As the Washington Nationals turned themselves into a juggernaut this summer, Stephen Strasburg blocked from his mind the notion he would be disconnected from them. Strasburg knew in his head the Nationals planned to end his season. He still was sure in his heart something would happen, they would change their minds, and he would pitch.
He kept believing until Saturday morning, when Manager Davey Johnson delivered the cold, cruel reality. After 1591/3 innings, with 23 games remaining and the Nationals holding a 61/2-game lead in the National League East, Strasburg’s season is over.
After holding his comments all season, the Nationals’ ace reacted angrily to the Nationals’ decision to shut him down Saturday, saying he feels fine physically and he wants to keep pitching.
“I don’t know if I’m ever going to accept it, to be honest,” Strasburg said. “It’s something that I’m not happy about at all. That’s not why I play the game. I play the game to be a good teammate and win. You don’t grow up dreaming about playing in the big leagues to get shut down when the games start to matter. It’s going to be a tough one to swallow.
“All I can do is be the best teammate possible for these guys. I think everybody overlooks all the great contributions that we’ve had this year. I know they’re going to keep going that way, and I’m going to do everything in my power to support them.”
The Nationals had planned to let Strasburg make one more start on Wednesday in New York. But after Strasburg allowed the Miami Marlins five runs in three innings Friday night, the Nationals decided to end his season immediately. Johnson believed Strasburg had become distracted by the immense media coverage of the innings limit the Nationals imposed on him at the start of the season, a restriction put in place to protect Strasburg as he pitches his first full season after undergoing Tommy John surgery in September 2010.
“The media hype on this thing has been unbelievable,” Johnson said. “I feel it’s as hard for him as it would be anybody to get mentally, totally committed in the ballgame. And he’s reached his innings limit. So we can get past this and talk about other things for a change.”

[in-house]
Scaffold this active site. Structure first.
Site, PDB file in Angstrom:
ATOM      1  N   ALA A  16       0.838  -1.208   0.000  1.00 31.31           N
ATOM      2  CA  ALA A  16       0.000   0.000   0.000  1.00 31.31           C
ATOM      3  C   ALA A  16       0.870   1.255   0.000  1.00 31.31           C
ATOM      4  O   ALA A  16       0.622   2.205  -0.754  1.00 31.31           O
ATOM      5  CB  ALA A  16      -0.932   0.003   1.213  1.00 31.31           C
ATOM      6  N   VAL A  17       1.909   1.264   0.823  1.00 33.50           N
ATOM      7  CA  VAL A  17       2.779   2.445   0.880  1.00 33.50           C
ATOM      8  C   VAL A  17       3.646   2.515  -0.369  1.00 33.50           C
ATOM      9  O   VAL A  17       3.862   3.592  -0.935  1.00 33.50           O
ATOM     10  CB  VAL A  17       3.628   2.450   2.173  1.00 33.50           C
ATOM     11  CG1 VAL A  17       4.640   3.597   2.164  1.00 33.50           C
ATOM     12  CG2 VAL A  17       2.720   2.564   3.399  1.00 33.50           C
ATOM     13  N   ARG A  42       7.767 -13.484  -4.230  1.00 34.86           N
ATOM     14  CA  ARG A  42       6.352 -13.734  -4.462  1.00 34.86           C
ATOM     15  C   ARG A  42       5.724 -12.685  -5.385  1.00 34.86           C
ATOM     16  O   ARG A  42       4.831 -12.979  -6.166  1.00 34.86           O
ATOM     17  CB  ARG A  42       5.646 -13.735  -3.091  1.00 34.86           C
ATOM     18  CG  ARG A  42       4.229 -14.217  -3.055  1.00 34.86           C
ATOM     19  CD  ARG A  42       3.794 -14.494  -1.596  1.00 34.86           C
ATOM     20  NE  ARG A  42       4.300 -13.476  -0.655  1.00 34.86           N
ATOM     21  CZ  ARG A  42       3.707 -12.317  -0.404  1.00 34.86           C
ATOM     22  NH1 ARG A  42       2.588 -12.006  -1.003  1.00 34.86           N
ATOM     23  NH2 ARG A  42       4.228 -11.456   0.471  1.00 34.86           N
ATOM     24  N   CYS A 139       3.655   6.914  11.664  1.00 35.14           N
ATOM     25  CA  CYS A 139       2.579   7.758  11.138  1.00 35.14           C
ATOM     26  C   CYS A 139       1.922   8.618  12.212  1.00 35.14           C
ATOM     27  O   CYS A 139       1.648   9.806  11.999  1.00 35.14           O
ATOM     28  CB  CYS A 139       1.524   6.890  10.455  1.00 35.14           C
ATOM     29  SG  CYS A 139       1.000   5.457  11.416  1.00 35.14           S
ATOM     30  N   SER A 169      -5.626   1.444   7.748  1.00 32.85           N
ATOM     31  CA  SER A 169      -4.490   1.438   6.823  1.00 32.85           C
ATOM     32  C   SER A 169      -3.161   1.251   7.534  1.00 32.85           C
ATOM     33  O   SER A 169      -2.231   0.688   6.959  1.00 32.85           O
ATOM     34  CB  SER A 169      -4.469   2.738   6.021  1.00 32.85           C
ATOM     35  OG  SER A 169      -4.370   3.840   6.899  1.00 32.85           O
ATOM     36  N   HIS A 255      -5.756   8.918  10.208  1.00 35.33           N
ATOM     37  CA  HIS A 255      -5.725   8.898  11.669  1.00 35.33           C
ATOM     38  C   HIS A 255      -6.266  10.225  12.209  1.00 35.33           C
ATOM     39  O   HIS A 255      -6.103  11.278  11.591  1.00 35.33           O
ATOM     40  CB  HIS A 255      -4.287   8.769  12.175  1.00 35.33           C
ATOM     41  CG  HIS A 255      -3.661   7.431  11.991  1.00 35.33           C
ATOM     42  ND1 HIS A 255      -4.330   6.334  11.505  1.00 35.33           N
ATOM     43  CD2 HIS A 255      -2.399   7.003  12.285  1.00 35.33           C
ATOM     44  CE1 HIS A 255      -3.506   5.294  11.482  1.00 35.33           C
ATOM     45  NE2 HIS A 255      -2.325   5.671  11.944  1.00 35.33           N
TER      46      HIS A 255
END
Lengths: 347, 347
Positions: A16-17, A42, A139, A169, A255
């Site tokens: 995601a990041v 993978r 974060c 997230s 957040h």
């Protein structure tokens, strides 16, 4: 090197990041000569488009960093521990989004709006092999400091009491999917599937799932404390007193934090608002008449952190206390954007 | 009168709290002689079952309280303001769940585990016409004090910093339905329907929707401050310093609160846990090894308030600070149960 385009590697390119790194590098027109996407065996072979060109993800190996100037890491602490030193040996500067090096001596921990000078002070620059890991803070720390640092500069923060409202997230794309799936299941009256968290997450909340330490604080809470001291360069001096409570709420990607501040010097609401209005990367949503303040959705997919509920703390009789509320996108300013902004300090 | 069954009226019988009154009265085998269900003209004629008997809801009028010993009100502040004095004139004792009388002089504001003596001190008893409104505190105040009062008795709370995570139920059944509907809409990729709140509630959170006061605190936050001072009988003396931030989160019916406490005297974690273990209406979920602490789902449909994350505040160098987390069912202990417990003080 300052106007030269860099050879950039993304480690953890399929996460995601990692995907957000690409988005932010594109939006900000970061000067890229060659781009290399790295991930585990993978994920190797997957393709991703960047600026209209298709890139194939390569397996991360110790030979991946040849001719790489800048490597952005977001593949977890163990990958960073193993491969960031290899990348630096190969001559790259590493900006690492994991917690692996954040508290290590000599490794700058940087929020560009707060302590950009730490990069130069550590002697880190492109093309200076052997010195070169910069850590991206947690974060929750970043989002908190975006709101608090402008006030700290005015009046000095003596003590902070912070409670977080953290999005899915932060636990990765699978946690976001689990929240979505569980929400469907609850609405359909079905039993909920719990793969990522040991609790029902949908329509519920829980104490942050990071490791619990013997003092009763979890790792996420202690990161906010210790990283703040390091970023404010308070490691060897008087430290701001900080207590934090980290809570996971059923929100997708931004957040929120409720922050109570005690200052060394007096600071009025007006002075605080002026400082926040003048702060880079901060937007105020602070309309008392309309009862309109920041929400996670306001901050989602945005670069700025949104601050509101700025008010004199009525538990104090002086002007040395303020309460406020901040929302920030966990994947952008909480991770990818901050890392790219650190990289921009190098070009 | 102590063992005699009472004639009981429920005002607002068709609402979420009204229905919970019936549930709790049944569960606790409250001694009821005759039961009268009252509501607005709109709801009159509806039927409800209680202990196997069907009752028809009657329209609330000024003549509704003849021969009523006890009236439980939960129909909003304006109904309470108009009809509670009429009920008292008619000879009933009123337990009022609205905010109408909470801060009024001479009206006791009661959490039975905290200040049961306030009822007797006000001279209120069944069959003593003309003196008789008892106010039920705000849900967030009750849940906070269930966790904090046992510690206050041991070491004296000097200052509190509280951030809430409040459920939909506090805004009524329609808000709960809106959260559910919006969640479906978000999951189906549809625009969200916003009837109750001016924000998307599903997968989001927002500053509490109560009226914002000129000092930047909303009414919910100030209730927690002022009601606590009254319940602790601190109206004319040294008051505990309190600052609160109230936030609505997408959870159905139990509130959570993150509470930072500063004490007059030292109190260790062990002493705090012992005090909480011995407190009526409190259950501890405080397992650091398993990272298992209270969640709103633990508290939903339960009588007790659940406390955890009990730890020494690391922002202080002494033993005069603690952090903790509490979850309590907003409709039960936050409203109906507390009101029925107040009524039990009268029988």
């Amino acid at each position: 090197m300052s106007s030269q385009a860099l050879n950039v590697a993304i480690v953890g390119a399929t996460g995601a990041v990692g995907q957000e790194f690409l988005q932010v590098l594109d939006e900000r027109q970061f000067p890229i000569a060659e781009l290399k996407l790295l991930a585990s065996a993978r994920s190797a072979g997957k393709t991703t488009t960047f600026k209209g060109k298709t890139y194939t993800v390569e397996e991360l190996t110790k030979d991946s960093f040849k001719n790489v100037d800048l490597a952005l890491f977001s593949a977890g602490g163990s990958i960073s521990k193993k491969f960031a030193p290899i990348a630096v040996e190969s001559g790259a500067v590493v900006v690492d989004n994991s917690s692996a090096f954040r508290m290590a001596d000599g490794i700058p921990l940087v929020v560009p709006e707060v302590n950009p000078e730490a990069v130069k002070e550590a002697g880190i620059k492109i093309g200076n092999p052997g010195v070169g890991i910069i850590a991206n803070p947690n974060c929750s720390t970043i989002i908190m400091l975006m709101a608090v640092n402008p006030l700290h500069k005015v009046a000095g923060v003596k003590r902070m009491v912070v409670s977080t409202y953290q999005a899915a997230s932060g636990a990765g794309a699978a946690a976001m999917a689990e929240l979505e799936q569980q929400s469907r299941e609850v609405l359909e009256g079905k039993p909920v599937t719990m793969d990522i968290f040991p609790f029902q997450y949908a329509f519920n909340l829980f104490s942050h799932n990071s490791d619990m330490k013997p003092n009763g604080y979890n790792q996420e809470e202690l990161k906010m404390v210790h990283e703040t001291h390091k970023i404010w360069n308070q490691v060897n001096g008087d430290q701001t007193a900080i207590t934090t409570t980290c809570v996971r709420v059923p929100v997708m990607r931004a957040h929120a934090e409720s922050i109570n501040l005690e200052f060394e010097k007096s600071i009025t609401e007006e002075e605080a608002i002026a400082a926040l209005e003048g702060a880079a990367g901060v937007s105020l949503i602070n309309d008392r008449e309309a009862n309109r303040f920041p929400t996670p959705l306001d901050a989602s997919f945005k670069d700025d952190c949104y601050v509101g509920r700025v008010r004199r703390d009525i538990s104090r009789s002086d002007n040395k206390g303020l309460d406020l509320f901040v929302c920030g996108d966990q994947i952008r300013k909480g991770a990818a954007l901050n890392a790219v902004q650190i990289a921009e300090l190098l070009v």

Johnson consulted with General Manager Mike Rizzo and pitching coach Steve McCatty late Friday night. They all believed Strasburg had lost focus because of the impending shutdown. Rizzo planned before spring training began to limit Strasburg’s innings to roughly 160. The question was precisely when, and his performance Friday convinced the Nationals the time is now.
“After yesterday’s start, we just figured that mentally and physically, Stephen looked like he was fatigued,” Rizzo said. “We decided, what’s the difference of 1591/3 innings or 163 or 164 or 1651/3 innings?
“When you put two and two together with the parameters we had in place already, it was a fairly easy decision to say, let’s pull the plug after today instead of having one more start and six more innings.”
At around 10:45 a.m., Johnson sidled up to Strasburg in the Nationals’ training room. “I wasn’t going to drag it out,” Johnson said. “I’m just taking the ball out of his hands.”
“I thought I had another start,” Strasburg said. “It was pretty shocking. I’m not too happy about it. I want to keep pitching out there. As of right now, I think they’ve got some world-renowned doctors. One of them, Dr. [Lewis] Yocum, he resurrected my career. I’ve got to listen to him and I’ve got to trust him.”
Strasburg’s season ends with his ERA at 3.16, which is third in the Nationals’ rotation and 11th in the National League through Sunday’s games. He struck out 197 batters, second in the National League, and walked only 48.
“You couldn’t ask for anything more coming off his first season on Tommy John surgery,” Rizzo said. “He got us to where we’re at right now. He’s a huge part of where we’re at right now. He’s one of the major contributors to the first-place ballclub.”
‘Business as usual’
Rizzo made the decision to limit Strasburg’s innings last year as he made his first starts back from surgery. Strasburg pitched only 441/3 innings last season between the major leagues and minor leagues, which played into the decision as much as, if not more than, the elbow reconstruction surgery.
Rizzo made the same decision last season with Jordan Zimmermann, who stopped pitching after 1611/3 innings. In planning Strasburg’s workload before this season, Rizzo found young pitchers who face a large increase in innings become far more prone to serious injury. Rizzo keeps the summary of the Nationals’ research in a stack of loose-leaf papers that measures 11/2 inches thick.